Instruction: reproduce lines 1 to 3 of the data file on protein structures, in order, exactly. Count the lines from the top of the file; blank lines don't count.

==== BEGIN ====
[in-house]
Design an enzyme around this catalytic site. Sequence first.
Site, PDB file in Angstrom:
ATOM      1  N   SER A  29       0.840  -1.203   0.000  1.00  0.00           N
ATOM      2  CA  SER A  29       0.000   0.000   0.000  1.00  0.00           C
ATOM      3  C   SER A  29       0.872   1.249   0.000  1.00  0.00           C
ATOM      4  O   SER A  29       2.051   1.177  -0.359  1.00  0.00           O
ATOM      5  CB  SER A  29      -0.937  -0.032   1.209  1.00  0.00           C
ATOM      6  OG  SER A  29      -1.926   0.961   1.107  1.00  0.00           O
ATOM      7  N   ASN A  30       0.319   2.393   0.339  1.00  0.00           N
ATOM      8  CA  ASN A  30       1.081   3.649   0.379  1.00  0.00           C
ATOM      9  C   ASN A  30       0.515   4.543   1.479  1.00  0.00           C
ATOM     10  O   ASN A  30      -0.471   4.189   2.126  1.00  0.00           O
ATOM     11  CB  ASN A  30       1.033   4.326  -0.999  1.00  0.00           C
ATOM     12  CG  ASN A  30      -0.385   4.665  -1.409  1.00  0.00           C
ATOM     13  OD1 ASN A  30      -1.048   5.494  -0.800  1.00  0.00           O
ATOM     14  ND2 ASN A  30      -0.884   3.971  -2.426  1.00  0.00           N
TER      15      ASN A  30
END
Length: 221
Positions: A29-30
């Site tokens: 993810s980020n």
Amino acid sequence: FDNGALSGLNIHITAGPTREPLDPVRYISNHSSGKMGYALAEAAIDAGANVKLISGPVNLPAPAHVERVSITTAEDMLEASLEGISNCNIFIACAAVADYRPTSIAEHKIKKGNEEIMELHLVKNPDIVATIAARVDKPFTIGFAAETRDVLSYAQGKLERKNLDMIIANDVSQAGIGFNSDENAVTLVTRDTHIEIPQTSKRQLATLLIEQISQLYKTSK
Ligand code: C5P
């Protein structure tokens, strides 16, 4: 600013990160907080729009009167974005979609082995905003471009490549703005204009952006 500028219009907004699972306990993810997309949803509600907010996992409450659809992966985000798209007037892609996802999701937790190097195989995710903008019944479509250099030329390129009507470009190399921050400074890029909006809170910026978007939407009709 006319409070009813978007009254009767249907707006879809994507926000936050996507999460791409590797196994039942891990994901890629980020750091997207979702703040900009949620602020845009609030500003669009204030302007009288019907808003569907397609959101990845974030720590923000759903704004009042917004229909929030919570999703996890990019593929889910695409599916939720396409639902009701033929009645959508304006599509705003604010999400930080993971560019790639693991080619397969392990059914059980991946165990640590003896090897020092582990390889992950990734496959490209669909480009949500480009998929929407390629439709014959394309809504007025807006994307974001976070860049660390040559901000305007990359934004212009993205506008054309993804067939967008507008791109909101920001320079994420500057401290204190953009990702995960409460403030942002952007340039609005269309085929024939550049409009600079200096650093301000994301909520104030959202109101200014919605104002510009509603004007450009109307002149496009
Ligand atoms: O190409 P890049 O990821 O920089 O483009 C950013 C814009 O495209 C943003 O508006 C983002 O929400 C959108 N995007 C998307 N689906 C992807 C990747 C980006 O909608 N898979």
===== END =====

[in-house]
Design an enzyme around this catalytic site. Sequence first.
Site, PDB file in Angstrom: